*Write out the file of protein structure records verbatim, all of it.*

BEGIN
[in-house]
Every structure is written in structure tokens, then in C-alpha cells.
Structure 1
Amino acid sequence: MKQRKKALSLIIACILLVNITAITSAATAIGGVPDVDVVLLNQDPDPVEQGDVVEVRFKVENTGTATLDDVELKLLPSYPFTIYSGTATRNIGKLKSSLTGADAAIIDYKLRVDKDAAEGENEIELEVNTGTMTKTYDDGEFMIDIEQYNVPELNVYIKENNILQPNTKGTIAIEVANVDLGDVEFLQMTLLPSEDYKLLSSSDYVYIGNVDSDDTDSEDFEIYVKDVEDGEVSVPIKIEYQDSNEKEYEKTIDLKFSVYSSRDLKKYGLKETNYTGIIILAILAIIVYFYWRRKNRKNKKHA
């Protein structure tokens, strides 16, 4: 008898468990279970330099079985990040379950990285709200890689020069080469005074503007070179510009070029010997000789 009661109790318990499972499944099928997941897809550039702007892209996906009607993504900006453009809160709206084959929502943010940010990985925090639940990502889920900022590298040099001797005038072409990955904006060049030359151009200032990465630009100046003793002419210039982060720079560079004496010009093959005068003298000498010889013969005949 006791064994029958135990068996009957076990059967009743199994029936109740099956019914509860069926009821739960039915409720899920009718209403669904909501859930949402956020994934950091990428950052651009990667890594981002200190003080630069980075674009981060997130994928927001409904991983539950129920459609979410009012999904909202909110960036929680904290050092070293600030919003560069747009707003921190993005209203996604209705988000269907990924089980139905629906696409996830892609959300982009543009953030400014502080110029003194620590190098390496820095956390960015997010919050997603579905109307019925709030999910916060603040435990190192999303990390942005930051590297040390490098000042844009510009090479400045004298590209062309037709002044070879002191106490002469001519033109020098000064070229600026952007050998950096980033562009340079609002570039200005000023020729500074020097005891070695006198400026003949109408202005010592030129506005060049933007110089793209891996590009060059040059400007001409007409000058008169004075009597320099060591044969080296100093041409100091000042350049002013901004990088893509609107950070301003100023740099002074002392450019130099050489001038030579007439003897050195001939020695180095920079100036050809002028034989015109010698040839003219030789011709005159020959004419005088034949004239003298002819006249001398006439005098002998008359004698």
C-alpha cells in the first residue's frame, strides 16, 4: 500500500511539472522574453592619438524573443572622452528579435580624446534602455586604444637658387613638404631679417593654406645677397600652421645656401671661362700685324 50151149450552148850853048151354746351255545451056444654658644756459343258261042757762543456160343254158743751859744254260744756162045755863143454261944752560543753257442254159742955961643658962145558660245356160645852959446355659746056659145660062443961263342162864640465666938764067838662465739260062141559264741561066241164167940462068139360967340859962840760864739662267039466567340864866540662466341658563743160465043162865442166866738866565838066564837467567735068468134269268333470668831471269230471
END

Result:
[in-house]
Every structure is written in structure tokens, then in C-alpha cells.
Structure 1
Amino acid sequence: MKQRKKALSLIIACILLVNITAITSAATAIGGVPDVDVVLLNQDPDPVEQGDVVEVRFKVENTGTATLDDVELKLLPSYPFTIYSGTATRNIGKLKSSLTGADAAIIDYKLRVDKDAAEGENEIELEVNTGTMTKTYDDGEFMIDIEQYNVPELNVYIKENNILQPNTKGTIAIEVANVDLGDVEFLQMTLLPSEDYKLLSSSDYVYIGNVDSDDTDSEDFEIYVKDVEDGEVSVPIKIEYQDSNEKEYEKTIDLKFSVYSSRDLKKYGLKETNYTGIIILAILAIIVYFYWRRKNRKNKKHA
């Protein structure tokens, strides 16, 4: 008898468990279970330099079985990040379950990285709200890689020069080469005074503007070179510009070029010997000789 009661109790318990499972499944099928997941897809550039702007892209996906009607993504900006453009809160709206084959929502943010940010990985925090639940990502889920900022590298040099001797005038072409990955904006060049030359151009200032990465630009100046003793002419210039982060720079560079004496010009093959005068003298000498010889013969005949 006791064994029958135990068996009957076990059967009743199994029936109740099956019914509860069926009821739960039915409720899920009718209403669904909501859930949402956020994934950091990428950052651009990667890594981002200190003080630069980075674009981060997130994928927001409904991983539950129920459609979410009012999904909202909110960036929680904290050092070293600030919003560069747009707003921190993005209203996604209705988000269907990924089980139905629906696409996830892609959300982009543009953030400014502080110029003194620590190098390496820095956390960015997010919050997603579905109307019925709030999910916060603040435990190192999303990390942005930051590297040390490098000042844009510009090479400045004298590209062309037709002044070879002191106490002469001519033109020098000064070229600026952007050998950096980033562009340079609002570039200005000023020729500074020097005891070695006198400026003949109408202005010592030129506005060049933007110089793209891996590009060059040059400007001409007409000058008169004075009597320099060591044969080296100093041409100091000042350049002013901004990088893509609107950070301003100023740099002074002392450019130099050489001038030579007439003897050195001939020695180095920079100036050809002028034989015109010698040839003219030789011709005159020959004419005088034949004239003298002819006249001398006439005098002998008359004698």
C-alpha cells in the first residue's frame, strides 16, 4: 500500500511539472522574453592619438524573443572622452528579435580624446534602455586604444637658387613638404631679417593654406645677397600652421645656401671661362700685324 50151149450552148850853048151354746351255545451056444654658644756459343258261042757762543456160343254158743751859744254260744756162045755863143454261944752560543753257442254159742955961643658962145558660245356160645852959446355659746056659145660062443961263342162864640465666938764067838662465739260062141559264741561066241164167940462068139360967340859962840760864739662267039466567340864866540662466341658563743160465043162865442166866738866565838066564837467567735068468134269268333470668831471269230471